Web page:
Thursday, July 21, 2022

Missing in Action

As the patrol came around a bend in the road, Feldwebel Wolf Burkhalter spotted it first, a Kübelwagen, looking rather beat up, sitting abandoned at a pull-off beside the road. Burkhalter nudged his lieutenant.

"I see it Wolf. Looks like SS plates as well. Let's put out a perimeter, then we can look the car over." Oberleutnant Gerhard Krausse was wary of surprises, what better bait than an abandoned car of the type driven by the men he was looking for?

Krausse was puzzled at first when he saw that the windscreen had been folded down on the bonnet of the car, but the roof frame, which normally had a canvas cover over it, was still in place at the rear of the car.

Brushing the snow off the bonnet, he could see that the glass was gone from the windscreen and the frame for that was rather mangled. Something rang a bell in his mind but he couldn't quite put a finger on it.

He opened the driver's door and brushed the snow away, there was frozen blood on the pan of the seat, also traces on the steering wheel and the dash. An examination of the back seat revealed nothing out of the ordinary.

Krausse had to assume that the driver of the car had to have been injured, if not killed outright, by whatever the car had run into but his passenger, the SD officer, had not been in the front, but in the back seat. There were no traces of blood where a passenger in the front might have been injured.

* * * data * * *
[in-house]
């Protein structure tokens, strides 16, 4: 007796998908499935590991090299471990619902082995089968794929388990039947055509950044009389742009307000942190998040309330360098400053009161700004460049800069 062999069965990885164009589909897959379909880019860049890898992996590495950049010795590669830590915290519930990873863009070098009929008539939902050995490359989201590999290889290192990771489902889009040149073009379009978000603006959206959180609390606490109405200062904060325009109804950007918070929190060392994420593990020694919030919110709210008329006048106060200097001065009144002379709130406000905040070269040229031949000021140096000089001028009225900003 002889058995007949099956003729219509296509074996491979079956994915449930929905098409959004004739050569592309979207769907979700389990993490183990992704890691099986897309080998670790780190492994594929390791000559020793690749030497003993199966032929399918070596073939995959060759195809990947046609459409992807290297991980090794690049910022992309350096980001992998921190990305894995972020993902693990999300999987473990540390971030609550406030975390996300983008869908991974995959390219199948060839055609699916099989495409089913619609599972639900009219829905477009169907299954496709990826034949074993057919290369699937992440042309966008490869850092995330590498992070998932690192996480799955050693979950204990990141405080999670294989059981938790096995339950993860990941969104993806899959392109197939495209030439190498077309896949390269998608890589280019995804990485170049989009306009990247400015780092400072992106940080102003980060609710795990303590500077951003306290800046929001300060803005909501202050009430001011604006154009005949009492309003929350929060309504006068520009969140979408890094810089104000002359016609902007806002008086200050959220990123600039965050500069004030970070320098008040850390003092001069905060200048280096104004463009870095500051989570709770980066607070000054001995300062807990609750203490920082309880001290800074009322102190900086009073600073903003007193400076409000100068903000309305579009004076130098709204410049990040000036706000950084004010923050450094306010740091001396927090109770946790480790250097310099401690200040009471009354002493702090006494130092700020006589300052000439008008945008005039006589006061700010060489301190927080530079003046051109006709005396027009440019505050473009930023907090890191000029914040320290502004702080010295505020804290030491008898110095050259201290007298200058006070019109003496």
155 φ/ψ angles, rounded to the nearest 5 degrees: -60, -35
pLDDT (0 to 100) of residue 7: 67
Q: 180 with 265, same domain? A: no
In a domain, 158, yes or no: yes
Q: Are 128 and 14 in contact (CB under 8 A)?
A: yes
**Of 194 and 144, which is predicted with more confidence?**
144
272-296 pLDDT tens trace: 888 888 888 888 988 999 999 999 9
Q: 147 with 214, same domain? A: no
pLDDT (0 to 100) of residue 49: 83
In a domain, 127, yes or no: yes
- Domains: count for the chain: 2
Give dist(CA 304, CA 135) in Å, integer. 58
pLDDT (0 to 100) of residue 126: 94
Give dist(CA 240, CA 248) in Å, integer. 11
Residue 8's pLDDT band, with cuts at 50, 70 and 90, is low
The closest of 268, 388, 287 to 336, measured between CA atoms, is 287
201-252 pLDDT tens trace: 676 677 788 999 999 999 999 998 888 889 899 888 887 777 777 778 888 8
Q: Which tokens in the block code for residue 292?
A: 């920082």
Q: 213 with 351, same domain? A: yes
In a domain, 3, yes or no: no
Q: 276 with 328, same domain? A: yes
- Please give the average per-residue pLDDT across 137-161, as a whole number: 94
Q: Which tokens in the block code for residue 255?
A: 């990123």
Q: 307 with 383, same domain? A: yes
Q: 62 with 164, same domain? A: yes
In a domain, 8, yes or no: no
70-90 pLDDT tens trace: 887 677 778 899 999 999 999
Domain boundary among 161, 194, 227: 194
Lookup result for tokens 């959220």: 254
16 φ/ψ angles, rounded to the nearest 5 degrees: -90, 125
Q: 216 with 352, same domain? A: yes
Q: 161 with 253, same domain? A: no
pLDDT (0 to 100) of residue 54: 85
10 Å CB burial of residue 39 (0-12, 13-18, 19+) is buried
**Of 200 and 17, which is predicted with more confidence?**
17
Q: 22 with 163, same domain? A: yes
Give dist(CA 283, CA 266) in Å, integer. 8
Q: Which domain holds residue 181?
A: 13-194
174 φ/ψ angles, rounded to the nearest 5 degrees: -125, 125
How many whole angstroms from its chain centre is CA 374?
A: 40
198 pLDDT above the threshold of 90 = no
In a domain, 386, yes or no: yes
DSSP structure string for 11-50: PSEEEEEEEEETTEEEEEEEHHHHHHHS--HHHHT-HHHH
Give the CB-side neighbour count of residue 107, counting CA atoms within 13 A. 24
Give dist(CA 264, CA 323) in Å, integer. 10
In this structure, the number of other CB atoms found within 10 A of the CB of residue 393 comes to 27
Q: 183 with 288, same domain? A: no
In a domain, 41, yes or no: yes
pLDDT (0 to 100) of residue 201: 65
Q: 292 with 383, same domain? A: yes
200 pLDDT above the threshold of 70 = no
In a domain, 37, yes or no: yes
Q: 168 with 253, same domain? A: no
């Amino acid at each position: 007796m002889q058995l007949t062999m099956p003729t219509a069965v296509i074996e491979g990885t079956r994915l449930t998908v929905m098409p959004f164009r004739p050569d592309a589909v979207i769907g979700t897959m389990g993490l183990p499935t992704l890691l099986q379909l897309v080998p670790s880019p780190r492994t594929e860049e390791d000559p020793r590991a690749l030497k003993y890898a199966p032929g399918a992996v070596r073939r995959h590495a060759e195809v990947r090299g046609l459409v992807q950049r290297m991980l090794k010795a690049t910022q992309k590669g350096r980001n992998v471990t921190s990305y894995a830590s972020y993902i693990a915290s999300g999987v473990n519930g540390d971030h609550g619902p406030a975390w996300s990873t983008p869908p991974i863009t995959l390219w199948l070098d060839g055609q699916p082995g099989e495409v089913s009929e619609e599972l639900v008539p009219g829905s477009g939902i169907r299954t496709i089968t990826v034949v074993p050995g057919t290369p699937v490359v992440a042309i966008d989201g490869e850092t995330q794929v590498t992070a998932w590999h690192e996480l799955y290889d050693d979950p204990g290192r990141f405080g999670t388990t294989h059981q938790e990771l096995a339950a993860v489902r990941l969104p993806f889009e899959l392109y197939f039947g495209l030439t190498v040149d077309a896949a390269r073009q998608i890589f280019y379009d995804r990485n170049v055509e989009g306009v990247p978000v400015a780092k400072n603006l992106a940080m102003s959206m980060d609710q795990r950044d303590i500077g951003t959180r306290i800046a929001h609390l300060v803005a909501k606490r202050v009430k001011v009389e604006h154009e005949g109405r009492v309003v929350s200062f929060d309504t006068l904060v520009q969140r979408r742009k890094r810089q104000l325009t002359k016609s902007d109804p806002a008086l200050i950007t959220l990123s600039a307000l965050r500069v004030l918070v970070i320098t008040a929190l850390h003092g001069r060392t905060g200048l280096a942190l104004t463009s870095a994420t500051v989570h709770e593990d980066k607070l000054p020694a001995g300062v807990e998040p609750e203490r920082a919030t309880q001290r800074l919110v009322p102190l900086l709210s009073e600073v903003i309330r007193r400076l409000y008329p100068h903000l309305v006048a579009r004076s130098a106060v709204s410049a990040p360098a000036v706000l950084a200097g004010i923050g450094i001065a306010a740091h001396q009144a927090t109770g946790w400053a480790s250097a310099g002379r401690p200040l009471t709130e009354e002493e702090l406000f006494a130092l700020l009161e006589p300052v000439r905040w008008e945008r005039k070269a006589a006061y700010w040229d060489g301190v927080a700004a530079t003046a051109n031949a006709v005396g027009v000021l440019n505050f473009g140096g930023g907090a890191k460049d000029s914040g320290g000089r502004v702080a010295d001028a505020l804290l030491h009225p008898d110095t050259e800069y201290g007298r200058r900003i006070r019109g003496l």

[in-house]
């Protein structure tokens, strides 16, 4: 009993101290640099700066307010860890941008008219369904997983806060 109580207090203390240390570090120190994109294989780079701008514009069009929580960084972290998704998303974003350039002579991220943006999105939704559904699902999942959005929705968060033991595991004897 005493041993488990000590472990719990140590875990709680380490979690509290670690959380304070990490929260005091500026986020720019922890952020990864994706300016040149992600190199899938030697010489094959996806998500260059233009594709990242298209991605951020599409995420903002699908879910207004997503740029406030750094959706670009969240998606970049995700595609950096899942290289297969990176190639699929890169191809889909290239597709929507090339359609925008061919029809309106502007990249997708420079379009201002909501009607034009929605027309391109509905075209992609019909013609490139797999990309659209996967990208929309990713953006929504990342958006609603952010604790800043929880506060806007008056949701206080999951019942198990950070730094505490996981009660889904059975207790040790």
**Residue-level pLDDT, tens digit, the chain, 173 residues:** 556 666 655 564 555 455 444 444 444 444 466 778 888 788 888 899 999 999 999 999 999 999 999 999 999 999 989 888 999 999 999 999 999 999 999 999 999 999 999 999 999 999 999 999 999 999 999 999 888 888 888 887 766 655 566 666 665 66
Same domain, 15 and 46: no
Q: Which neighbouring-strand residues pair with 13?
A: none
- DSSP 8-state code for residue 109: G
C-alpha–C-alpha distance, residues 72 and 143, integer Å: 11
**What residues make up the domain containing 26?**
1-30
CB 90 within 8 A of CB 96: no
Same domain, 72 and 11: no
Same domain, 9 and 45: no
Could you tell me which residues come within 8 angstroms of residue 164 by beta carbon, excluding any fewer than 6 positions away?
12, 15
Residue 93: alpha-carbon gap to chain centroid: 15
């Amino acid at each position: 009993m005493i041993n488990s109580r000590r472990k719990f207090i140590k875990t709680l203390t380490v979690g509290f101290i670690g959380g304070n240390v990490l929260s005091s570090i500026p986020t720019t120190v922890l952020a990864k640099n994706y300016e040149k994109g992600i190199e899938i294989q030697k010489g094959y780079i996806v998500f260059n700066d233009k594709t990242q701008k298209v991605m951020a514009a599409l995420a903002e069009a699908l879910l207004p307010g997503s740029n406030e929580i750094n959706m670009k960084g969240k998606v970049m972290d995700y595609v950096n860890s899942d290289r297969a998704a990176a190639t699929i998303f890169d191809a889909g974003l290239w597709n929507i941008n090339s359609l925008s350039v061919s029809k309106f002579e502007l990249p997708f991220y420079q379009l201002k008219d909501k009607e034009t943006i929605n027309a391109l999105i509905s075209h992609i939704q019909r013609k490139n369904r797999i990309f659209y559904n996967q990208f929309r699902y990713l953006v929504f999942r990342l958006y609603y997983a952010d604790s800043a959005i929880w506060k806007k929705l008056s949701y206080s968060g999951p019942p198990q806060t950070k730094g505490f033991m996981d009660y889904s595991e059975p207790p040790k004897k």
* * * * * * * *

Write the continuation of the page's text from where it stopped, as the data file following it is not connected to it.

"Partisans, I think our SD major might have been taken captive. I think the driver was killed and his body disposed of, as he's obviously not in the car."

"Wire across the road?" the sergeant ventured.

That's when the bell in Krausse's head began to ring louder. "Of course."

For the first time in his life, SS-Sturmbannführer Roland Eckhart felt real fear. One of his captors was English, a Royal Marine in fact who had been cut off and left behind during the fighting around Namsos in the spring of 1940. The others were Norwegian with at least two Frenchmen. The two Frenchmen had also been cut off and left behind during the fighting in northern Norway the previous year. Eckhart spoke French and had overheard two men, obviously native speakers, talking about him. One of them had mentioned "la marine anglaise," Eckhart was sure that that was the man who had interrogated him.

It was amazing what a man could learn by listening, but sometimes what you heard was something you would rather not know. Apparently, through contacts with the Quisling government, the men who held him had learned that the German occupation forces were not interested in ransoming Norwegians for a single captive SD man.

Eckhart listened to the men talking, he had tried to work his blindfold loose, but one of the men had slapped him, hard, then tightened it to the point that it was giving Eckhart a headache. He wished he spoke Norwegian.

"I say we kill him and put the body somewhere the Germans will find it." Jakob Torvik's voice was low, but each man in the small room heard the anger in it. Torvik's wife and one of his children had been killed in a German air raid. His two surviving children were with his parents in Oslo.

Thore Wien shifted his position from where he leaned against one of the building's outer walls. He could hear the wind starting to drop outside, the blizzard could end soon. Then they would have to worry about leaving tracks. Though they were high in the hills near Litenhavn, the Germans were active in the area. No man wanted to try fighting the German mountain troops.